"The majority of homeless kids they don't just move once. They move two or three times in a school year, from one temporary shelter to another to another," Lindholm said. "That is a wasted school year: It is impossible to educate a child well in a year like that. It's brutal for a kid."
Educators interviewed for this story agree: Stability is essential for learning. For this reason, schools often must act as an anchor for kids in distress, and in some ways subsume the role of the lost home. This is precisely the purpose of the McKinney-Vento law, a piece of state legislation that has governed school responses to homeless students for more than 10 years.
The law establishes a specific fund for students who are officially classified by their home district as homeless, which provides for their transportation to and from their school of origin—no matter where they may find shelter.
"The student's home may have gone away, but they still have their same classroom routine. They're not completely uprooted," Lindholm said.
The law only provides for partial funding, however, which is reimbursed to the district after the bills come in.
"It isn't 100-percent reimbursed. One of the difficulties is what if a family moves to a shelter or a temporary dwelling that is a long ways away?" Lindholm said. "First, is it good for the student to spend three hours round trip on a bus? Second, that's a huge cost to the district and the state of Minnesota, so it's a really difficult judgment call."
The statute is unclear about where the cut off point might be, or who will make the decision. The one guiding phrase is that the districts must maintain normalcy for the homeless student as long as that effort would be "within reason."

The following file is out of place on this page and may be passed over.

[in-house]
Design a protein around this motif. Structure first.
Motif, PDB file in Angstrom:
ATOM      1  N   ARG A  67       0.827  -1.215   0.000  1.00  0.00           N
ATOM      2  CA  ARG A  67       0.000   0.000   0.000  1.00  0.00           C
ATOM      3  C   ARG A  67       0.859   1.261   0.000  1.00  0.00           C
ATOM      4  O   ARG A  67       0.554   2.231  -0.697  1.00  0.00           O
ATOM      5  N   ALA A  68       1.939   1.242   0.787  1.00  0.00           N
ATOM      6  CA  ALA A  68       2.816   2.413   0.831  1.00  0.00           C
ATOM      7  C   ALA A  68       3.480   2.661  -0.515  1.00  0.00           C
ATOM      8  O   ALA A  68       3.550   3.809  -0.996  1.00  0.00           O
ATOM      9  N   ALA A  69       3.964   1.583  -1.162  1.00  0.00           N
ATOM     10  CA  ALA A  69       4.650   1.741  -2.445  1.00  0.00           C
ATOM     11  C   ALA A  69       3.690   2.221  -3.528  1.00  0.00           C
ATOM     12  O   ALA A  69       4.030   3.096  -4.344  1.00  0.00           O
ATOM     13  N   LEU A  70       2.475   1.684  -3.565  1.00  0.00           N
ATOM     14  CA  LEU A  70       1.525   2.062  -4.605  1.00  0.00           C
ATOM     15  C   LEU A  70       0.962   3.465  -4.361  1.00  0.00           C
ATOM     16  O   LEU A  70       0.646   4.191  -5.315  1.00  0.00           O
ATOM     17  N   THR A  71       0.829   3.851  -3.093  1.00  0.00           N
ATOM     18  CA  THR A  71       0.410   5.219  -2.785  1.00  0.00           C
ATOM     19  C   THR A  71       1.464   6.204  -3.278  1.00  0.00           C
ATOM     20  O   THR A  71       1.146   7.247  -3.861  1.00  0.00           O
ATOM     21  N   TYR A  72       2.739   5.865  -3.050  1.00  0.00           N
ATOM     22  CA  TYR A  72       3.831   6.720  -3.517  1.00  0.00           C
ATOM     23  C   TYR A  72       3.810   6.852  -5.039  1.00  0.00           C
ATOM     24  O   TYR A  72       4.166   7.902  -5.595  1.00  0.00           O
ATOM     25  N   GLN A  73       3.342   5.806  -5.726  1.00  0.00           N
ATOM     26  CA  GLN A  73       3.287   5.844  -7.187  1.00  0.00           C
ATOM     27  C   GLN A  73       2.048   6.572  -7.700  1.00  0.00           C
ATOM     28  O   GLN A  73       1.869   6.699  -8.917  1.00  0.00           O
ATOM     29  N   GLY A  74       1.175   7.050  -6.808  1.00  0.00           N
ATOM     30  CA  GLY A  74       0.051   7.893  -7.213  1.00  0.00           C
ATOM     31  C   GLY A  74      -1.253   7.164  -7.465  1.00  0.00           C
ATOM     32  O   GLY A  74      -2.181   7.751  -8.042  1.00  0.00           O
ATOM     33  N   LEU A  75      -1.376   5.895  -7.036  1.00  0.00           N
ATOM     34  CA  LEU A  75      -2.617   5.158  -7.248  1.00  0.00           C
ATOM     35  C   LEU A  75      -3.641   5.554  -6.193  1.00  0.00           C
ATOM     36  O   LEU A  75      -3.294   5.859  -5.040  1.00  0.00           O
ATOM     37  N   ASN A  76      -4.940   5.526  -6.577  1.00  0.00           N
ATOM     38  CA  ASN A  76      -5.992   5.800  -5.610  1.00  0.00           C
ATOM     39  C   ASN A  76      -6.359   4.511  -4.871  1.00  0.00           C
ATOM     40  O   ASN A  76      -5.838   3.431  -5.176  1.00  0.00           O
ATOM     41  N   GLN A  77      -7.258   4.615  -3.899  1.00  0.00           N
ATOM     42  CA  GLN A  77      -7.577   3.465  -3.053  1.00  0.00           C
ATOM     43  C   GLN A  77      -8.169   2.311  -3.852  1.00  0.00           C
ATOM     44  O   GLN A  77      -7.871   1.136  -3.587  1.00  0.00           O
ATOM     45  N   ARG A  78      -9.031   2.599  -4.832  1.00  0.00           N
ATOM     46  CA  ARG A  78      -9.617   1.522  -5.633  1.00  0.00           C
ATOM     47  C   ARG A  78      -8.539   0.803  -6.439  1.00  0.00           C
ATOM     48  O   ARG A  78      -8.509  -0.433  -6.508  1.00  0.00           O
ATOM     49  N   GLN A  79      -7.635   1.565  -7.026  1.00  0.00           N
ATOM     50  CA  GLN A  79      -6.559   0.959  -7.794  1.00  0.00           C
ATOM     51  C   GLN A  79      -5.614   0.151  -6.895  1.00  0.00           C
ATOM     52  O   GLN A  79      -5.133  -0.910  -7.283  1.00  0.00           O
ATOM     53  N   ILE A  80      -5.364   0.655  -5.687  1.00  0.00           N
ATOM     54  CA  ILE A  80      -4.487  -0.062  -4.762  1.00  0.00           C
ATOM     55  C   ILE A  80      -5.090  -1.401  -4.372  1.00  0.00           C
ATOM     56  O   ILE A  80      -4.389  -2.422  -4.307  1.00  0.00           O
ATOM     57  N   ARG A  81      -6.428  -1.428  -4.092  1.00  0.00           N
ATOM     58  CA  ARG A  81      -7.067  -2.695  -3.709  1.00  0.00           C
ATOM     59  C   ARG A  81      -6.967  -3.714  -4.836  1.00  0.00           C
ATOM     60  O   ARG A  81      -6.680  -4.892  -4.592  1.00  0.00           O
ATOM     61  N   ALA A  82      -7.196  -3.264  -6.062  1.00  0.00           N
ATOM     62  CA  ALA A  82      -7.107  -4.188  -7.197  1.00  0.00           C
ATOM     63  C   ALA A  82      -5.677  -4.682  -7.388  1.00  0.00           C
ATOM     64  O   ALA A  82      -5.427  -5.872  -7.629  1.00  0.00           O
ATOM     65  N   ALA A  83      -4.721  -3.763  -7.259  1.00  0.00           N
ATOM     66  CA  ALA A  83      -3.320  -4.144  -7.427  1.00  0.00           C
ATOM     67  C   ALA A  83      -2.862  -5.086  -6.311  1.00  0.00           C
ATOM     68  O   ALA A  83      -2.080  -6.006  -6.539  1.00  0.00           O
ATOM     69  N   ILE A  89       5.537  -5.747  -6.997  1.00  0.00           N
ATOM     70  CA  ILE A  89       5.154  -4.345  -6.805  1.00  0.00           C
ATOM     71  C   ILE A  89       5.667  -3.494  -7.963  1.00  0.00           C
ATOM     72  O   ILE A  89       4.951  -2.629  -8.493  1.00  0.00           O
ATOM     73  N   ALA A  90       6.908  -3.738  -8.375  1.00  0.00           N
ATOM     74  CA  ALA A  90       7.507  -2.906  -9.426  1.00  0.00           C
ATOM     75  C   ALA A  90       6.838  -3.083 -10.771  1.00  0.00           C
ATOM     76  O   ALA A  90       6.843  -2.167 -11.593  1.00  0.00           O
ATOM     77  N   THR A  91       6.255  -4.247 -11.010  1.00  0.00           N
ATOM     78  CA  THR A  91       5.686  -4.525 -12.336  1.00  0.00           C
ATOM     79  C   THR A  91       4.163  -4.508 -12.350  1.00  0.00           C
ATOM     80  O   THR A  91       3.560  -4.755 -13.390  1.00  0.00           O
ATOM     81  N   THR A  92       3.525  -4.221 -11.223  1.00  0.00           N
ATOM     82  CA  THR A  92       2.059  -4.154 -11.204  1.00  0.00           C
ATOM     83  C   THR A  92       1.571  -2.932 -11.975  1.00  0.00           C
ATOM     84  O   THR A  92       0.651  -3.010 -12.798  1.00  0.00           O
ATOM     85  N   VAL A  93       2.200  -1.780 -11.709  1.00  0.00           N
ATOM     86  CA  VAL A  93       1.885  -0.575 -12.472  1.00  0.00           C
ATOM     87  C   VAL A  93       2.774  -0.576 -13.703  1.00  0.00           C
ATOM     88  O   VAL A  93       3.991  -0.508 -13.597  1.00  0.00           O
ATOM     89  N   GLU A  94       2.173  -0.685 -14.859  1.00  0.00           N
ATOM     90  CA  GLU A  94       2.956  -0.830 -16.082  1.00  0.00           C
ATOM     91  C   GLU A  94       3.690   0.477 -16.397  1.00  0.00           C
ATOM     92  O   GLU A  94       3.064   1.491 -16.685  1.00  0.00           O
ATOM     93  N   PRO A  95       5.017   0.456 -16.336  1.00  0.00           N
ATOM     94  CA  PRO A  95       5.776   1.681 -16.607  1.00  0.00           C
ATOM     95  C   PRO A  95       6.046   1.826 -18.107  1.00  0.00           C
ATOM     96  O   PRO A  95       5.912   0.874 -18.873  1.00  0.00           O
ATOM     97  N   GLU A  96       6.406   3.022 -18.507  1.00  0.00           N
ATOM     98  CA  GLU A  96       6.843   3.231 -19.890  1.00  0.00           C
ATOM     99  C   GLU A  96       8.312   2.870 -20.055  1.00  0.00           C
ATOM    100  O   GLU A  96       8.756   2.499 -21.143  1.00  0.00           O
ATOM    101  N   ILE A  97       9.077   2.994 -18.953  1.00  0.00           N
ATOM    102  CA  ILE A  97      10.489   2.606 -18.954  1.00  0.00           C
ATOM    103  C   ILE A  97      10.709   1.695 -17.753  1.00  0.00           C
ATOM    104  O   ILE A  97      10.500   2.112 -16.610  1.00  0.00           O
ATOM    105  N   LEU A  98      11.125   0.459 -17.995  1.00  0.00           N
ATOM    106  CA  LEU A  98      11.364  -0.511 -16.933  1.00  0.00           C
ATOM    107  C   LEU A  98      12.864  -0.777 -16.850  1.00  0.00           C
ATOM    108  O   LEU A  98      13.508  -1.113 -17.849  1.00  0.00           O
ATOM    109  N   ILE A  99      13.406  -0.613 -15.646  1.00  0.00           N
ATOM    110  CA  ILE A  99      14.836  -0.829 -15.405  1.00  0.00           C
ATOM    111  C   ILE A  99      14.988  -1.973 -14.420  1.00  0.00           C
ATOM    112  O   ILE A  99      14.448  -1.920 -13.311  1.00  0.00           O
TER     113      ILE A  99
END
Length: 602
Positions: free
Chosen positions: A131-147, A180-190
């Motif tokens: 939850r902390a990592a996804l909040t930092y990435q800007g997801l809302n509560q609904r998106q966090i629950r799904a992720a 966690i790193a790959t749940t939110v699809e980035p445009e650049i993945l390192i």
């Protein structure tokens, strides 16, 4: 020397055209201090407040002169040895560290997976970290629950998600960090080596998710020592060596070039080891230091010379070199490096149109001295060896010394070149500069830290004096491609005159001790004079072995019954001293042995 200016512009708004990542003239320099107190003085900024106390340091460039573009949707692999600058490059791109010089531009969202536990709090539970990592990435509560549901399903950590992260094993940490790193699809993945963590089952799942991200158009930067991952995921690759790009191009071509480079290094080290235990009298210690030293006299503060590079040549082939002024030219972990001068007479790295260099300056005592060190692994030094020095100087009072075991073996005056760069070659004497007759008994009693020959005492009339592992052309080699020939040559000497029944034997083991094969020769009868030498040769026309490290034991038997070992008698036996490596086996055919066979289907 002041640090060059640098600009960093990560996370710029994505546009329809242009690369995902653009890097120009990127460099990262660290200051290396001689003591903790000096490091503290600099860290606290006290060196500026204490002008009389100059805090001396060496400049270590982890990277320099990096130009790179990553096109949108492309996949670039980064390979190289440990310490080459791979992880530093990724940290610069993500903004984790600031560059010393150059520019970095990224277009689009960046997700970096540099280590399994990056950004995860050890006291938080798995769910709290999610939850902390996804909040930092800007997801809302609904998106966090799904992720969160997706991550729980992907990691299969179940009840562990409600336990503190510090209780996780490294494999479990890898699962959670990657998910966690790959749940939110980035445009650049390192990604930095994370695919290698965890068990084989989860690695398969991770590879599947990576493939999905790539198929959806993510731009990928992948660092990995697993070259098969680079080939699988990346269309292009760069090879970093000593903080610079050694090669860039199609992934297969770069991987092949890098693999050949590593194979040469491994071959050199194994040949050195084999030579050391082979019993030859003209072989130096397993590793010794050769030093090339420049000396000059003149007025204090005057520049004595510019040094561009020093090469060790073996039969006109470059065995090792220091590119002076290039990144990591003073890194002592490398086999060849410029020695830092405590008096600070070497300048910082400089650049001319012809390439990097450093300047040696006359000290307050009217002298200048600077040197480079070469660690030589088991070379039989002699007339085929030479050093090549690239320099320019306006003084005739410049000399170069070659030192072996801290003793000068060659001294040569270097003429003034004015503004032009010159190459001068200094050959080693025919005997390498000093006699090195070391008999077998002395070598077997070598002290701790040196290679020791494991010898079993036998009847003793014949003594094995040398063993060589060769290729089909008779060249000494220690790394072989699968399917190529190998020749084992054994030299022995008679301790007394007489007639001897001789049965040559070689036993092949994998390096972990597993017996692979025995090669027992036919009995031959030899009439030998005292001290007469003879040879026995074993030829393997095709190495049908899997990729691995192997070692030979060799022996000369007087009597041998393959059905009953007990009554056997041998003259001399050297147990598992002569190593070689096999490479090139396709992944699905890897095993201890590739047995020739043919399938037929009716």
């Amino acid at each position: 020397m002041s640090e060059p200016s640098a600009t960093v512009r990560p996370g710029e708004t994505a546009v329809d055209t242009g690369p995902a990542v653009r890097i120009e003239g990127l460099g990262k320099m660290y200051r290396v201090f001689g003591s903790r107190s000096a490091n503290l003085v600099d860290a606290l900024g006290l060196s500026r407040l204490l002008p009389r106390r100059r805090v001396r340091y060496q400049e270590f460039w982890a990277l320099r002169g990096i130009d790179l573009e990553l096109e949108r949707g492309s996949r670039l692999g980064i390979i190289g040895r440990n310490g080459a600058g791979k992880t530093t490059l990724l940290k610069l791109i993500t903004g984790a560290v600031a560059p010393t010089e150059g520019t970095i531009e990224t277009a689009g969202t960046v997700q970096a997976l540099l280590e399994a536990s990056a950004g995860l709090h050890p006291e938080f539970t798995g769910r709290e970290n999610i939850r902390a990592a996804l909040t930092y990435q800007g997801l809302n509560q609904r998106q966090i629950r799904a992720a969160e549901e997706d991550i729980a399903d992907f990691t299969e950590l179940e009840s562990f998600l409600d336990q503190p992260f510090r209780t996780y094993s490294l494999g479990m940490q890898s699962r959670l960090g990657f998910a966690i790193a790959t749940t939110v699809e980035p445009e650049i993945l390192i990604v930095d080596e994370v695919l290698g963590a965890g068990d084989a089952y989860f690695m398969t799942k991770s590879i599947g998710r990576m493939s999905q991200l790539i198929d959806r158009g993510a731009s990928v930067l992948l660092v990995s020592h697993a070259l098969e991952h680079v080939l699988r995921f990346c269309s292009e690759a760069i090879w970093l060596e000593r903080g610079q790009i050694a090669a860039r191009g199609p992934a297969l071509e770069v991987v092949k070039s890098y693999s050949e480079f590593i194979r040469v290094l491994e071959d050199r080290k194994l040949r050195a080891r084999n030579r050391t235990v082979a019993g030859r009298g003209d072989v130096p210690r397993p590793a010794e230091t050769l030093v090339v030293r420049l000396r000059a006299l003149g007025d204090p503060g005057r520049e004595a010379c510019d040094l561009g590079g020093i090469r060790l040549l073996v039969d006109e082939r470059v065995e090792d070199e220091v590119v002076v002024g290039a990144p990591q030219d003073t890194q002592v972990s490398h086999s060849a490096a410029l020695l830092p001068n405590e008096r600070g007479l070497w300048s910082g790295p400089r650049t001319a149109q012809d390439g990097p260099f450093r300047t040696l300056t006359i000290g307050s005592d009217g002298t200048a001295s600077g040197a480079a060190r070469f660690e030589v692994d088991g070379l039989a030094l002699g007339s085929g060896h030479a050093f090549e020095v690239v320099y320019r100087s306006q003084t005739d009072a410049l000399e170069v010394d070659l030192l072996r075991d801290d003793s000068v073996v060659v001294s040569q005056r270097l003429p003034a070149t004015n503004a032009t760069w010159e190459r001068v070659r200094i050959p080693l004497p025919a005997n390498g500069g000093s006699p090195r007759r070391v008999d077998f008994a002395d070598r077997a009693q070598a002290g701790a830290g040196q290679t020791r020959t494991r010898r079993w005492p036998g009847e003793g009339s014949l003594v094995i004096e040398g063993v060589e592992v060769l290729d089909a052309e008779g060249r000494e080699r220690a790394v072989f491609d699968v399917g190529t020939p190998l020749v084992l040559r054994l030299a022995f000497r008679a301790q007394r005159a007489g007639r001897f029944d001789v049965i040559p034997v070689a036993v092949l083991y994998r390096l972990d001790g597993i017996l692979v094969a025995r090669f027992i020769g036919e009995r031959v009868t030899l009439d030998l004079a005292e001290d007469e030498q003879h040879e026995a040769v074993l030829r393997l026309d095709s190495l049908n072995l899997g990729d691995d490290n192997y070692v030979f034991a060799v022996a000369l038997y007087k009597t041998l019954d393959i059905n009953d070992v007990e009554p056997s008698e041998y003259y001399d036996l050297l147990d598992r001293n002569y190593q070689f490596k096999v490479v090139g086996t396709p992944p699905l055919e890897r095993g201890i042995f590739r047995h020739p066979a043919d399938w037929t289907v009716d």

In spite of these legal vagaries, Lindholm credited the state for recognizing that it's best for kids to stay in their schools. Nevertheless, he feels that the problems of homeless students are deeply intertwined with the nature of Western schooling itself, and will not be adequately addressed until the system itself goes through a transformation. As he sees it, schools are working on an outdated model based on an agrarian schedule that is incompatible with 21st century life—homeless or not.
"What you're asking for is not a policy or law, it's a completely different way of doing business. I don't think anyone knows what that might look like," Lindholm said. "We're not there yet as a system."
Editor's Note: Homelessness rates in Dakota County and other suburban communities in Minnesota have risen substantially in the last five years. This article is part of a Patch series exploring that trend. Click on the links below to read other articles on the topic.
- Aug. 13
- Aug. 14